More of an occupational hazard. At any given moment, one of my clients could have a problem which required me to bring up a set of virtual machines to duplicate their environment and develop a fix - either code or procedures. Some of them measure the cost of downtime per hour in the $millions.
 

Drky

New member
#14
I used to have elaborate setups but have an MBP from 3 or 4 years back (a 2.2 Core 2 Duo) which acts as my main computer. The battery isn't connected, and I have it hooked up to a fairly big monitor.

I use my work laptop (a nice and light Dell Latitude) as my mobile machine.

More of an occupational hazard. At any given moment, one of my clients could have a problem which required me to bring up a set of virtual machines to duplicate their environment and develop a fix - either code or procedures. Some of them measure the cost of downtime per hour in the $millions.
Then why are you running it out of your garage?
 

JVCode

Well-known member
#15
More of an occupational hazard. At any given moment, one of my clients could have a problem which required me to bring up a set of virtual machines to duplicate their environment and develop a fix - either code or procedures. Some of them measure the cost of downtime per hour in the $millions.
Millions of dollars? you have that many clients from your garage and only having two T1 lines? I don't think so :)
 

Fred Sherman

Well-known member
#18
Millions of dollars? you have that many clients from your garage and only having two T1 lines? I don't think so :)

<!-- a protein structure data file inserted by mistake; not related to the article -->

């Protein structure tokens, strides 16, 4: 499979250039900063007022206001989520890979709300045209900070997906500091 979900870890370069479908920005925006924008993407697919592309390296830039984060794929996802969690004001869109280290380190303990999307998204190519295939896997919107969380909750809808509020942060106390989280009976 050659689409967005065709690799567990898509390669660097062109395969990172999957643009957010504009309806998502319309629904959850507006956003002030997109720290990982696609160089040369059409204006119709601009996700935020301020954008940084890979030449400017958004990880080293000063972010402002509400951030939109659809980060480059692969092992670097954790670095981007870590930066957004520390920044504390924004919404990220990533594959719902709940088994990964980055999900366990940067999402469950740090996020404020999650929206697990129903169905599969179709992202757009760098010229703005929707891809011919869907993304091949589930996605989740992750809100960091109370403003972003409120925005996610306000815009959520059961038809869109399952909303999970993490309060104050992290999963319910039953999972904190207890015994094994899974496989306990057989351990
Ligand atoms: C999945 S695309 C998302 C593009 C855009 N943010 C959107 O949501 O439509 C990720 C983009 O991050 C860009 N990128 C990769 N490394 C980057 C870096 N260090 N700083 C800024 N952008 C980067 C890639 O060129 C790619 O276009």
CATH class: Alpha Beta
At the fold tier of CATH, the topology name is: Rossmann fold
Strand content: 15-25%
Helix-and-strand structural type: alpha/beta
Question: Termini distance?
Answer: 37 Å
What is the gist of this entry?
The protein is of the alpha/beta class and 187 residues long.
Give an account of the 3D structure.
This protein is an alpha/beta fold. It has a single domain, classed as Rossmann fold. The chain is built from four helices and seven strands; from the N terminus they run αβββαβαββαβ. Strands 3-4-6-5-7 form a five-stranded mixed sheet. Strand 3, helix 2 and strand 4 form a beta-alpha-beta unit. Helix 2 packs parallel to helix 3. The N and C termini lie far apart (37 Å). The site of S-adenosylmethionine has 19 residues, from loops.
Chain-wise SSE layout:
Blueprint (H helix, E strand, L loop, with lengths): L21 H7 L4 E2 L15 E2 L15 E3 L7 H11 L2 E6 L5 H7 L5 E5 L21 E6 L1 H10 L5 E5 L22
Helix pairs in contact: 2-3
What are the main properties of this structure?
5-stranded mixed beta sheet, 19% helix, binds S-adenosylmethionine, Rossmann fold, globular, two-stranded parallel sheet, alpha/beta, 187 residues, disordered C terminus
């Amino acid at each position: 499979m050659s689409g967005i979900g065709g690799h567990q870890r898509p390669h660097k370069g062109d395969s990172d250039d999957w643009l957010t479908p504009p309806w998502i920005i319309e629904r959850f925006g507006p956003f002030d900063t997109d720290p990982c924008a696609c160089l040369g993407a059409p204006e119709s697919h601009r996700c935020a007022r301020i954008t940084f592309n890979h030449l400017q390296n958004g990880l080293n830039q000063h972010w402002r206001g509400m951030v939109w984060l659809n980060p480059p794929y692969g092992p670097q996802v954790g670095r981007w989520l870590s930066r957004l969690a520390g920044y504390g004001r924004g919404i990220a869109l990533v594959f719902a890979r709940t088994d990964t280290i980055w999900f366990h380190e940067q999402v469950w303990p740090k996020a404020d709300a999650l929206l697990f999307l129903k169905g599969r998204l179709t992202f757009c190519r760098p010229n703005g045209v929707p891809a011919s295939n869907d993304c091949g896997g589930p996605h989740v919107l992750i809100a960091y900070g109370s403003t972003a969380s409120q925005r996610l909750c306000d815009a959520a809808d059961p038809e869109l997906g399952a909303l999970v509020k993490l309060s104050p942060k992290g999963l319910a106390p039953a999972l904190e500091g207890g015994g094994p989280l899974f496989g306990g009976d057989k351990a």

I think you misunderstood. I don't host anyone other than my own projects there. My clients have their own data centers with their own servers which I've installed and configured for them. Mostly IBM Power Systems, but also a fair amout of Dell M910 blades lately.

This is my lab that I use to provide them support when they have problems. Everything is virtualized either using VMware or IBM Logical partitions. I might only have a dozen servers, but I can bring up to 100 VMs and LPARs online to mimic their environments

Sometimes I have to write code and sometimes I just have to duplicate the problem and develop the procedures for recovering the apps and data. But what I always have to do is be responsive, even at 3am or during a thunderstorm when the power's been knocked out on the whole block (its happened).

Sorry if I was unclear on that.

Then why are you running it out of your garage?
Why not? Its not like its really a garage, its just what the space was originally designed for. It suits my needs. I've built and ran data centers for almost 20 year. Now I can work from home. I get to be my own boss and pay myself what I'm worth instead of what someone else thinks I'm worth.

I've seen people convert their garage into a game room so they can have a pool table. I converted mine into a small data center so I can have a life.
 

Drky

New member
#20
Why not? Its not like its really a garage, its just what the space was originally designed for. It suits my needs. I've built and ran data centers for almost 20 year. Now I can work from home. I get to be my own boss and pay myself what I'm worth instead of what someone else thinks I'm worth.

I've seen people convert their garage into a game room so they can have a pool table. I converted mine into a small data center so I can have a life.
You're right, I'd love to see photos of the setup.